According to data from the State Bank of Vietnam (SBV), as of the end of February 2024, the total credit outstanding of the entire system decreased by 0.72 percent compared to the end of 2023. The surplus liquidity in the system is demonstrated further by the SBV's recent move to withdraw funds from the market through treasury bill issuance starting from March 11, after more than four months of suspension. As of March 25, the SBV has withdrawn nearly VND152 trillion from the banking system through treasury bill issuance without any corresponding injection.

Attractive loan rates to stimulate economic growth

In light of the ongoing decline in deposit interest rates, numerous commercial banks are introducing enticing lending rates, sometimes lowering short-term loan rates to 3 percent per annum, even below deposit rates, to inject capital into the economy.

For instance, from March 21 to 31, 2024, Sacombank launched a capital injection of VND10 trillion with an interest rate of merely 3 percent per annum to cater to the borrowing demands of both individual and corporate clients in the latter part of the first quarter of 2024. This interest rate is applicable to loans with a 3-month term, disbursed by the end of March 2024. Designed for customers seeking short-term production and business financing, the loan application process will receive priority, ensuring swift and timely processing.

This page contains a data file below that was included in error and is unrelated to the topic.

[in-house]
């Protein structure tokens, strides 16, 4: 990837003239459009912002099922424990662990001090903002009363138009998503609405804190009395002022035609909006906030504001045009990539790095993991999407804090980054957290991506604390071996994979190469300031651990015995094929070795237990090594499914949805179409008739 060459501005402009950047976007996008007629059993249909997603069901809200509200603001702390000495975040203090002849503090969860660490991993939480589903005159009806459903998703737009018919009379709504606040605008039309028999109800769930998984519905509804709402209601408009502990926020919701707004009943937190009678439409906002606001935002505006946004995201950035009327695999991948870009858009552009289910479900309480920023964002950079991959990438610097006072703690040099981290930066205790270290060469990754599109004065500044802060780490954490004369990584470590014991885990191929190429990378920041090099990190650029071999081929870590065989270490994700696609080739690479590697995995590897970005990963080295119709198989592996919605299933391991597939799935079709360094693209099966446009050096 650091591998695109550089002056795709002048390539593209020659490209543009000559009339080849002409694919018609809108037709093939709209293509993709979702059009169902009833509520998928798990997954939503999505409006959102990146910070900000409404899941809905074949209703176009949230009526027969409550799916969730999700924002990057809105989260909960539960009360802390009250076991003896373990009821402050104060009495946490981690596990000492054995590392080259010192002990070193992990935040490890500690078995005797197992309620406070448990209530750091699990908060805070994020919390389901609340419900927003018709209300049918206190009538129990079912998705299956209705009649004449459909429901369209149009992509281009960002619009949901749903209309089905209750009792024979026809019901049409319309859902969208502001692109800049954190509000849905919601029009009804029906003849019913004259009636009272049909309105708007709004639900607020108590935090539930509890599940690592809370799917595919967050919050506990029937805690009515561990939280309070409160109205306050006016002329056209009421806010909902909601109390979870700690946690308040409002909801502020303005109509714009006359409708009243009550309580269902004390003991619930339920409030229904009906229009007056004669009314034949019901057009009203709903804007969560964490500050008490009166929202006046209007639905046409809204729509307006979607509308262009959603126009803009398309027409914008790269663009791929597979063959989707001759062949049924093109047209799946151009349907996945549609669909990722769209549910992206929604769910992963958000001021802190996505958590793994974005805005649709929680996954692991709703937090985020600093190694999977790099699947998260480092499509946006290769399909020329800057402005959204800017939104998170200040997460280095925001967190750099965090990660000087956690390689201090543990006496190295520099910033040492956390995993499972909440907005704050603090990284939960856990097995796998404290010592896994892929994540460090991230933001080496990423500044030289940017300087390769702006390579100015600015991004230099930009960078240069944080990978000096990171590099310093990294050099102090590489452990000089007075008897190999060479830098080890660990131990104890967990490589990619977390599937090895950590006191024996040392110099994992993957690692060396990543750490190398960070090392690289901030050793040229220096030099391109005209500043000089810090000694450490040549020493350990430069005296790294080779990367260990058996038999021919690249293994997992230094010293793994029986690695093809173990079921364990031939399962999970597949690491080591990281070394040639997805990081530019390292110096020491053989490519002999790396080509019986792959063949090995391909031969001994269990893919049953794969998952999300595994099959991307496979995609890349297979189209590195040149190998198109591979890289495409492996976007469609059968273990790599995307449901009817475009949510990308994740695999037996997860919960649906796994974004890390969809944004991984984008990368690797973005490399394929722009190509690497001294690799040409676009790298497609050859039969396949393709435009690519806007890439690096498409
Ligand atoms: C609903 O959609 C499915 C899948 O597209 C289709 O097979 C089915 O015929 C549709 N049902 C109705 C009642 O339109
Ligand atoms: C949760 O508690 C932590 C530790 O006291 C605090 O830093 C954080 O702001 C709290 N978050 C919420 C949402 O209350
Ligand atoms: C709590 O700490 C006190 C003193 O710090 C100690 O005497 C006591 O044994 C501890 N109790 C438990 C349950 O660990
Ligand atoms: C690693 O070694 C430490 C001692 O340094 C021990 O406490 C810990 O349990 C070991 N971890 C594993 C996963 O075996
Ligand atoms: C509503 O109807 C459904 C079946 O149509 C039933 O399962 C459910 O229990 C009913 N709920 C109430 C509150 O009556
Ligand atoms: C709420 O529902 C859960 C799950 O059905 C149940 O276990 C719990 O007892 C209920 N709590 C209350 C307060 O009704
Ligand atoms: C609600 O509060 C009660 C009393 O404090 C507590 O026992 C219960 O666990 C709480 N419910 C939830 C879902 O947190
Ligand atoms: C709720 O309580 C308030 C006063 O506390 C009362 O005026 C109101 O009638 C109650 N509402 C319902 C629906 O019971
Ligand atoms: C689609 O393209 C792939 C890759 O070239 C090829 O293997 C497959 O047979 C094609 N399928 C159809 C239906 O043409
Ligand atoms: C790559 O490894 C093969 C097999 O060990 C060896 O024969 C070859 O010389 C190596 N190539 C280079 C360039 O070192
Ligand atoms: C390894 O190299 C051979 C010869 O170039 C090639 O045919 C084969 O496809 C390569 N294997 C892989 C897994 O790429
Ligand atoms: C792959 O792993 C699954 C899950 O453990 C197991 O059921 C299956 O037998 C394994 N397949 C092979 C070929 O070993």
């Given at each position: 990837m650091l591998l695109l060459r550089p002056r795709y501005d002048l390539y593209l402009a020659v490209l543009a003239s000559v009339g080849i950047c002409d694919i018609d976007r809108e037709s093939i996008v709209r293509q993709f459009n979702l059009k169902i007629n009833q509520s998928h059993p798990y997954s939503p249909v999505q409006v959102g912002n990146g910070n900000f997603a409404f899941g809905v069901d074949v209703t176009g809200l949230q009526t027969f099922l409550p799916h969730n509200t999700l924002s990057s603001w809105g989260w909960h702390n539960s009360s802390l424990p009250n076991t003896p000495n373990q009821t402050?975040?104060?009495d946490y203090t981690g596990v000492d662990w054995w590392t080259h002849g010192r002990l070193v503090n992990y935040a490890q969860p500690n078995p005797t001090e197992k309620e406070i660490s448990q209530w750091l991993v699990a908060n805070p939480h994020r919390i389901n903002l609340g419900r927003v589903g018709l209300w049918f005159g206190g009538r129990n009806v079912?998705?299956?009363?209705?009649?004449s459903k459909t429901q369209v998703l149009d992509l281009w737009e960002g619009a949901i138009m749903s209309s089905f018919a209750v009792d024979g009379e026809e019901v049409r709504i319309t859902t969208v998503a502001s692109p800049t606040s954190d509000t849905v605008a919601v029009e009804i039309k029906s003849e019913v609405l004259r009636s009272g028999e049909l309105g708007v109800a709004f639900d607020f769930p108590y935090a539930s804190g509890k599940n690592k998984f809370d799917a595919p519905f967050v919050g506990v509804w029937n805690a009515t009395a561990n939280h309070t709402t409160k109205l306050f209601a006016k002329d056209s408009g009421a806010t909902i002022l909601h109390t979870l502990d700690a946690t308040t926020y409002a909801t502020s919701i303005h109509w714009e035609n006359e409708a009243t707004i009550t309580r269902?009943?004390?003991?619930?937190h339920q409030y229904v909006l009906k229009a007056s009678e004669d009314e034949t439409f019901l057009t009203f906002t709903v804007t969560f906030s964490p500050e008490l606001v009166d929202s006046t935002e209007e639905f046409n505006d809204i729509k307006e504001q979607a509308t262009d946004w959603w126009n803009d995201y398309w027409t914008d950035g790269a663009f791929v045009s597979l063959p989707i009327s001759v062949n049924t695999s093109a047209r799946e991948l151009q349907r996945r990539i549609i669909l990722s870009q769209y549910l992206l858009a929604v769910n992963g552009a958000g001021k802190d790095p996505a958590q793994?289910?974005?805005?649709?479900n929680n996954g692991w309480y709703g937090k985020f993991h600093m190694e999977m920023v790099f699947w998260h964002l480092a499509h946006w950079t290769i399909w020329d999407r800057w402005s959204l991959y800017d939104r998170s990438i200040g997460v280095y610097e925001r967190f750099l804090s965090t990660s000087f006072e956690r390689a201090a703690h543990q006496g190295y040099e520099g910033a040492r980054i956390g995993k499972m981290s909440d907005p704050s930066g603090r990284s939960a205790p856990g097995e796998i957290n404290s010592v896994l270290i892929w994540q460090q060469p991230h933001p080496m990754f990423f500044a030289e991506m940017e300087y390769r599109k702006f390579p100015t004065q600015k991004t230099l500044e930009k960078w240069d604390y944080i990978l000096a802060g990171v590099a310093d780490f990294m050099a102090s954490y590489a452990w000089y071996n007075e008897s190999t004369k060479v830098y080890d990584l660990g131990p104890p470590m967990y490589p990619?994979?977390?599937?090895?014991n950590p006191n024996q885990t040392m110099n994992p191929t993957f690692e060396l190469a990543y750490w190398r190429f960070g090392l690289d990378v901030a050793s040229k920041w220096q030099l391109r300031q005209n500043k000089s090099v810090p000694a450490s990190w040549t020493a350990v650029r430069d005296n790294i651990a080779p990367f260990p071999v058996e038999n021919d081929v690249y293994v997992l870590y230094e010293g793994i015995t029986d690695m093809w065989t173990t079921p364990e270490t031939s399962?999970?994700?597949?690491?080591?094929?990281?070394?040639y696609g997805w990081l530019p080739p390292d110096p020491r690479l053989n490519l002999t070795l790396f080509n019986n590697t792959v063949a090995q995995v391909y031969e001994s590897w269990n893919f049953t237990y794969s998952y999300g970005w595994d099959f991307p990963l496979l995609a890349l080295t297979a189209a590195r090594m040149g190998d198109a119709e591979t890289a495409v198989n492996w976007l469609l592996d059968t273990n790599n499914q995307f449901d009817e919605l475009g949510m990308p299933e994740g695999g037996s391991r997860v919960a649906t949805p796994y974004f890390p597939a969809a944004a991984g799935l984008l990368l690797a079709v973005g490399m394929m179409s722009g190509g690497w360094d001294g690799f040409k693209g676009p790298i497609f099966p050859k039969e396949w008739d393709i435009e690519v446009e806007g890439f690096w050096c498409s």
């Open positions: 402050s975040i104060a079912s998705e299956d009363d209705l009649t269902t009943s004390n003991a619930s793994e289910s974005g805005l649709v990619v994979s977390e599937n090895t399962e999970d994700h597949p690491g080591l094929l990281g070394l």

Recently, SHB has also lowered lending rates across the board, offering rates as low as 5.79 percent per annum for medium to long-term loans for individual customers. Moreover, SHB has injected an additional VND5 trillion into its lending program, increasing it to VND23 trillion, aimed at helping people bolster reserves for goods, support production and business activities, and prepare funds for purchases, payments, and expenses. For corporate clients, SHB has introduced a credit program of VND10 trillion for businesses engaged in production and business activities, with reduced interest rates starting from 5.8 percent per annum. Additionally, the VND1-trillion credit package for enterprises seeking loans to purchase vehicles offers preferential rates starting from 6.5 percent per annum. These attractive loan offers by SHB are applicable to new loans for both individual and corporate customers until December 31, 2024.